Noble wrote most of these essays a decade ago when he taught at MIT, but he has added six useful appendices of source documents and a new piece, "The Religion of Technology", based on his recent research into the religious roots of the current faith in technological salvation.

The essays are divided into two groups. "Another Look at Progress" deals with workers' responses to mechanization, and includes his well-known article, "In Defence of Luddism". The second group, "Automation Madness", carries the discussion of the impact of modern technology into the 1990s; a particularly useful piece is "A Second Look at Social Progress".

The New Age participants in my imaginary dialogue will have little difficulty with Noble's dim views of social progress, or with his emphasis on the control of everyday life that modern technologies and management entail. Yet most New Age thinkers see those technologies as vehicles that enable new linkages among people, new knowledge distributions, and an unprecedented intellectual and spiritual growth. They rarely mention that powerful groups are developing and using the new vehicles for very different purposes.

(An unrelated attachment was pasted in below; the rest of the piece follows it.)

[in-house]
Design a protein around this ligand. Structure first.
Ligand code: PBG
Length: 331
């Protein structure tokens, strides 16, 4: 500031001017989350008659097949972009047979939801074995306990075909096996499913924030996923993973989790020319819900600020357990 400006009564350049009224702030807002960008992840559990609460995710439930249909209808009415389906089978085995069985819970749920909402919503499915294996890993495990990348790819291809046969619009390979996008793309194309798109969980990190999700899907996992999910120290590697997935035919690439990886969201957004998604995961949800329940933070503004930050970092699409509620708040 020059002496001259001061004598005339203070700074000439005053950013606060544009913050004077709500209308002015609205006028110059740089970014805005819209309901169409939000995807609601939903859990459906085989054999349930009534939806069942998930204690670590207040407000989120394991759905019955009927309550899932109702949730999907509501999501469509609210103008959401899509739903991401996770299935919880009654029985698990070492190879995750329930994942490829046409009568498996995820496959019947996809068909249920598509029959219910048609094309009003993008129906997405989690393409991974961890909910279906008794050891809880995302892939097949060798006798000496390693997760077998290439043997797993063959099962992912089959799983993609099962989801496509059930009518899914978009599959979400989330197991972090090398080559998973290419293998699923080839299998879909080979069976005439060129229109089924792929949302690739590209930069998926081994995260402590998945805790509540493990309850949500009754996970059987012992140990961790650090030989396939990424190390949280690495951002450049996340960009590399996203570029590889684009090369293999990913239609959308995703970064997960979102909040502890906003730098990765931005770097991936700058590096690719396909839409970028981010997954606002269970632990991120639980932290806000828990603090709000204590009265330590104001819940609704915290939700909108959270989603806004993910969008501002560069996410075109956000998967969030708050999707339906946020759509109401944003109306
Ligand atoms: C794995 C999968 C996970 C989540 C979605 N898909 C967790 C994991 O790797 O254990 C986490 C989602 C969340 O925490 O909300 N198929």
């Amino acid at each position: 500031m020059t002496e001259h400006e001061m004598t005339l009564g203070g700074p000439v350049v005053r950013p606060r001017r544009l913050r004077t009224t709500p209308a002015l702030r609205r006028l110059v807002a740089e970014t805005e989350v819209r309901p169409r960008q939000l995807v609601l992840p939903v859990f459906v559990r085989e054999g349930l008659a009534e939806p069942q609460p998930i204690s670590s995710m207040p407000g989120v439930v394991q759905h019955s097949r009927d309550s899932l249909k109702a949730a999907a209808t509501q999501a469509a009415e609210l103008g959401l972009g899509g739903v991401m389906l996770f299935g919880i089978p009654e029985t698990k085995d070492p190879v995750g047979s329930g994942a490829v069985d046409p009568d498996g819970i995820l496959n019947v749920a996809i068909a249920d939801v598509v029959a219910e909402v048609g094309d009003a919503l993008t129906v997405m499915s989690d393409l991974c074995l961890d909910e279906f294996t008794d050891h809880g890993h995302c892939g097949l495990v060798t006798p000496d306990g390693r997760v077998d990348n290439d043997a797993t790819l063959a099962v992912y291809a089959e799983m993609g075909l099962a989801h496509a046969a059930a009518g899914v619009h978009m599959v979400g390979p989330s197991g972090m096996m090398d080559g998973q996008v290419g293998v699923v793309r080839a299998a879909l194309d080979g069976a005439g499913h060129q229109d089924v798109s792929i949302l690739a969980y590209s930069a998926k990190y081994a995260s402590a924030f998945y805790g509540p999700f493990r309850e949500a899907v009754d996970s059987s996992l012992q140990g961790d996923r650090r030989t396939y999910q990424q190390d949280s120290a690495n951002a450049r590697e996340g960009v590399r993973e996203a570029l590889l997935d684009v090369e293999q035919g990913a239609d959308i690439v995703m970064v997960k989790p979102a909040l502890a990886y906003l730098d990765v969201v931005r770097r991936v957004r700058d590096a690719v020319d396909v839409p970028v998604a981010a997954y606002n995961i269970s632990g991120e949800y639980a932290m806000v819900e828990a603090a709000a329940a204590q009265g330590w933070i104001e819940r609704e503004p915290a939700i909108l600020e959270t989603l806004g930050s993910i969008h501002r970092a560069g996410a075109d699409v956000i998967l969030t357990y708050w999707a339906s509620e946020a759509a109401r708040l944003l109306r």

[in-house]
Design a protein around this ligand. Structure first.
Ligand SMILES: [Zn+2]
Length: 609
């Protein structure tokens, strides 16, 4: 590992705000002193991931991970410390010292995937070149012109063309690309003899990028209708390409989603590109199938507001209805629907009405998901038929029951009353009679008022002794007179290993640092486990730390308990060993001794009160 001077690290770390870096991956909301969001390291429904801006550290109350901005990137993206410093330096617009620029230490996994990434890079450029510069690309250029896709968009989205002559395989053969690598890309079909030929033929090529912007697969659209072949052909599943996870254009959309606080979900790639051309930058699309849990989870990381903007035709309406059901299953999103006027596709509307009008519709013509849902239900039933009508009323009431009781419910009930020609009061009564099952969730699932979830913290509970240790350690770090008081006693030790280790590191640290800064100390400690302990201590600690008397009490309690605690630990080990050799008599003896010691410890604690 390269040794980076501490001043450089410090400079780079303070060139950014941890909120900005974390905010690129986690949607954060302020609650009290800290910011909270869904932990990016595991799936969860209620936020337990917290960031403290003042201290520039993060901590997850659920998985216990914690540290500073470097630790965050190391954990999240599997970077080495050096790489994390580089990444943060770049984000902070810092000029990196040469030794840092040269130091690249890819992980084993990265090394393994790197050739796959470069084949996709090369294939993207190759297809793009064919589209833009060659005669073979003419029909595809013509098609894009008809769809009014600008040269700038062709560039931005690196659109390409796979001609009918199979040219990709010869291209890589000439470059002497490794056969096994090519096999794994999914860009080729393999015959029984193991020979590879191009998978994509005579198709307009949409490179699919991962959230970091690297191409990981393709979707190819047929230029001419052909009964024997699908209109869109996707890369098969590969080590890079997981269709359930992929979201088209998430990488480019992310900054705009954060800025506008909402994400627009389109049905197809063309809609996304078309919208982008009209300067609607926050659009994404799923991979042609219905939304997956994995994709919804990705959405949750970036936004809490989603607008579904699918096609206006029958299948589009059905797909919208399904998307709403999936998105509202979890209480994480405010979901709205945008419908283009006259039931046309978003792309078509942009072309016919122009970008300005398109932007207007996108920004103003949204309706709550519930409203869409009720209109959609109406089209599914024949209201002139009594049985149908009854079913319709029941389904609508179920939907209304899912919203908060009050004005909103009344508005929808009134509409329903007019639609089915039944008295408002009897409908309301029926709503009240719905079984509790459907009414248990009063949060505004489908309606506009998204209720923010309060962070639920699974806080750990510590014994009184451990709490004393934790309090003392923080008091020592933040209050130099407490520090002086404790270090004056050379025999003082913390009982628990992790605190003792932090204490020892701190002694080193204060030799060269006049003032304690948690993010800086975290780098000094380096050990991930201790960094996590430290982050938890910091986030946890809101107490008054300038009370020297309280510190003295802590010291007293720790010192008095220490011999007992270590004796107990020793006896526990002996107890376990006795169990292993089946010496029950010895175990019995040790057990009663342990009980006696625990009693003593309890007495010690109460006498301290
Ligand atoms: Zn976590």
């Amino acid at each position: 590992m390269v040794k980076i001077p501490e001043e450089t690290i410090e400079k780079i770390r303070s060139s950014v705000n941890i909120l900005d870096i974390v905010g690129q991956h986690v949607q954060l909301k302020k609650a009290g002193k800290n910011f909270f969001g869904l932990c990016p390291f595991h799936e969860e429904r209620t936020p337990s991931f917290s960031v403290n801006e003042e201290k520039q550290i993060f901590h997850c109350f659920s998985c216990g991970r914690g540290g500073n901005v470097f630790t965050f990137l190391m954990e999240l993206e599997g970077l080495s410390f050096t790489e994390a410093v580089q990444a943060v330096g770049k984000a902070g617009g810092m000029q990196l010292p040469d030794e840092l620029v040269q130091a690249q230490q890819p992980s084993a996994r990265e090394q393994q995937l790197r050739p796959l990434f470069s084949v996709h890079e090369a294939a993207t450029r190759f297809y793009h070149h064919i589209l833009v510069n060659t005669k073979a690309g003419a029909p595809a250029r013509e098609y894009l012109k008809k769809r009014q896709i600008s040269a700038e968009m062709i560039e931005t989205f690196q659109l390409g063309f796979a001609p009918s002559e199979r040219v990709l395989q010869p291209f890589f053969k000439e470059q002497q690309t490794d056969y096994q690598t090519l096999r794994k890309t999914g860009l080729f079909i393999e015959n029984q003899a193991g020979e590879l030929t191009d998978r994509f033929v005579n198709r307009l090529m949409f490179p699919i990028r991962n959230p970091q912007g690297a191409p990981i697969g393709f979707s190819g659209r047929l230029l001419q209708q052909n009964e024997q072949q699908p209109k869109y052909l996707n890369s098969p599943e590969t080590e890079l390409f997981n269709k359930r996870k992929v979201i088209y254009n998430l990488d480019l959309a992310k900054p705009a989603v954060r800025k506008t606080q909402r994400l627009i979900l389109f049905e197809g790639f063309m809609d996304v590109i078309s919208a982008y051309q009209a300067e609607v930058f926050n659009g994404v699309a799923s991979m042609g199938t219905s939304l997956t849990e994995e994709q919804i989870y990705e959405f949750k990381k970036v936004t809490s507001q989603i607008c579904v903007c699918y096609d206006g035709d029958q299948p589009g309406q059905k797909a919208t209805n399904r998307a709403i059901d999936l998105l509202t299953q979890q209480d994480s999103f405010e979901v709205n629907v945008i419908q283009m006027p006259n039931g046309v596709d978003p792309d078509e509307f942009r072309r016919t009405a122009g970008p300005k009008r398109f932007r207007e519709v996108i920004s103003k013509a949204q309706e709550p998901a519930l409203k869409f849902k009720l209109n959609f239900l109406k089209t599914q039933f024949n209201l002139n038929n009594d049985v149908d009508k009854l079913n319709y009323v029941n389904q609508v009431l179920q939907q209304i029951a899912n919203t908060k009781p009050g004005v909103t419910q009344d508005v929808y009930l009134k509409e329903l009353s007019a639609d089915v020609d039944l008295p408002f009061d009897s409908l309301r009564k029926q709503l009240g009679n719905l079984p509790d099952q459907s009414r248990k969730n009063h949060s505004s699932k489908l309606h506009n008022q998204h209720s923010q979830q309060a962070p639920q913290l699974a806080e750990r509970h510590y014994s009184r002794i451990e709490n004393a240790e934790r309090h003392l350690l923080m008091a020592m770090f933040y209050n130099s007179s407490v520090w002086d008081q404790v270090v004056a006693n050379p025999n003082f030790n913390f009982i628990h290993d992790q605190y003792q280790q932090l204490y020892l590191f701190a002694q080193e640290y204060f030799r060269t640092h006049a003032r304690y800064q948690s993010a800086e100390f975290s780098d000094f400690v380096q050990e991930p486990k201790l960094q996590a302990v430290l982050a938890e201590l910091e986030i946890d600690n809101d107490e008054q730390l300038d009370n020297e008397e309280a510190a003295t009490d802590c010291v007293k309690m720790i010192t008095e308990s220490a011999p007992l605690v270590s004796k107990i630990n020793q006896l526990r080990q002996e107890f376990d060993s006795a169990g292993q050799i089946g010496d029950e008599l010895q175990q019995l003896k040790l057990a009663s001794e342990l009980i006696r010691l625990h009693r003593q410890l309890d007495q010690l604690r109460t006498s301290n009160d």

"Work" and "control" do not appear in Mindfire 's index, and there are almost twice as many references to "paradigm" as to "power". But Progress without People is essentially about the changes in social and political realities brought about by changes in the structure of work. Since human life is about both working and dreaming, it is hard to consider one without the other. Hence the need for a broader dialogue.

Most of Blair-Ewart's interviews have their spiritual centre of gravity in California, with the odd nod to ancient Egypt, India, or native traditions. Nearly half of those interviewed are women, ranging from Elizabeth Kübler-Ross to Starhawk and Jean Houston. Physicists like Fritjof Capra appear beside Robert Bly, Terence McKenna, and Paul Watson. These diverse persons are united by what Blair-Ewart calls "their capability of imagining a future other than the mainstream version."